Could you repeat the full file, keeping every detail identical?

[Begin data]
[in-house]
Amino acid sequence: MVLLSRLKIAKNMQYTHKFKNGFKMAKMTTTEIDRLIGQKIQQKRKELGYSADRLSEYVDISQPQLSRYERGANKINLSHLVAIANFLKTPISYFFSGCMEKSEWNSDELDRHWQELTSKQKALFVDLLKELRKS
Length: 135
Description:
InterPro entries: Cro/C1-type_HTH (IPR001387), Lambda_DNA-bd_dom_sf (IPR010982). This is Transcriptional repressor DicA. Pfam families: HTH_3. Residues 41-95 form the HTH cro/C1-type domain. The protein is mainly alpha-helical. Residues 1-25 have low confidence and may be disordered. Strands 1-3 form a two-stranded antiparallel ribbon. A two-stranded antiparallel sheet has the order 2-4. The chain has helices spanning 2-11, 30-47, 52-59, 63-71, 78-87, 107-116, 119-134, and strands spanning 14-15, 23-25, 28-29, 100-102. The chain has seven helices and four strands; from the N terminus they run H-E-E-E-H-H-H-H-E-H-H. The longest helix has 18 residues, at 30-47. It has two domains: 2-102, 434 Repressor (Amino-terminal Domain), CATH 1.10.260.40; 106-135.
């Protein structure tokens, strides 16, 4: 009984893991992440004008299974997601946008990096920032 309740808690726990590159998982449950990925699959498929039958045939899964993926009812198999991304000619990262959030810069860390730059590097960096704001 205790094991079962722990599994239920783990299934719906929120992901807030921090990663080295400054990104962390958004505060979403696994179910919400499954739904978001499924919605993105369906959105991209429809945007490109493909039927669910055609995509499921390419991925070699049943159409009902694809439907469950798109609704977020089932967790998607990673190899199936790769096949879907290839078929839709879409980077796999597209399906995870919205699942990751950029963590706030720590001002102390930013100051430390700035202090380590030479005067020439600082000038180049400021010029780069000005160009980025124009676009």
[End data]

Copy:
[in-house]
Amino acid sequence: MVLLSRLKIAKNMQYTHKFKNGFKMAKMTTTEIDRLIGQKIQQKRKELGYSADRLSEYVDISQPQLSRYERGANKINLSHLVAIANFLKTPISYFFSGCMEKSEWNSDELDRHWQELTSKQKALFVDLLKELRKS
Length: 135
Description:
InterPro entries: Cro/C1-type_HTH (IPR001387), Lambda_DNA-bd_dom_sf (IPR010982). This is Transcriptional repressor DicA. Pfam families: HTH_3. Residues 41-95 form the HTH cro/C1-type domain. The protein is mainly alpha-helical. Residues 1-25 have low confidence and may be disordered. Strands 1-3 form a two-stranded antiparallel ribbon. A two-stranded antiparallel sheet has the order 2-4. The chain has helices spanning 2-11, 30-47, 52-59, 63-71, 78-87, 107-116, 119-134, and strands spanning 14-15, 23-25, 28-29, 100-102. The chain has seven helices and four strands; from the N terminus they run H-E-E-E-H-H-H-H-E-H-H. The longest helix has 18 residues, at 30-47. It has two domains: 2-102, 434 Repressor (Amino-terminal Domain), CATH 1.10.260.40; 106-135.
């Protein structure tokens, strides 16, 4: 009984893991992440004008299974997601946008990096920032 309740808690726990590159998982449950990925699959498929039958045939899964993926009812198999991304000619990262959030810069860390730059590097960096704001 205790094991079962722990599994239920783990299934719906929120992901807030921090990663080295400054990104962390958004505060979403696994179910919400499954739904978001499924919605993105369906959105991209429809945007490109493909039927669910055609995509499921390419991925070699049943159409009902694809439907469950798109609704977020089932967790998607990673190899199936790769096949879907290839078929839709879409980077796999597209399906995870919205699942990751950029963590706030720590001002102390930013100051430390700035202090380590030479005067020439600082000038180049400021010029780069000005160009980025124009676009």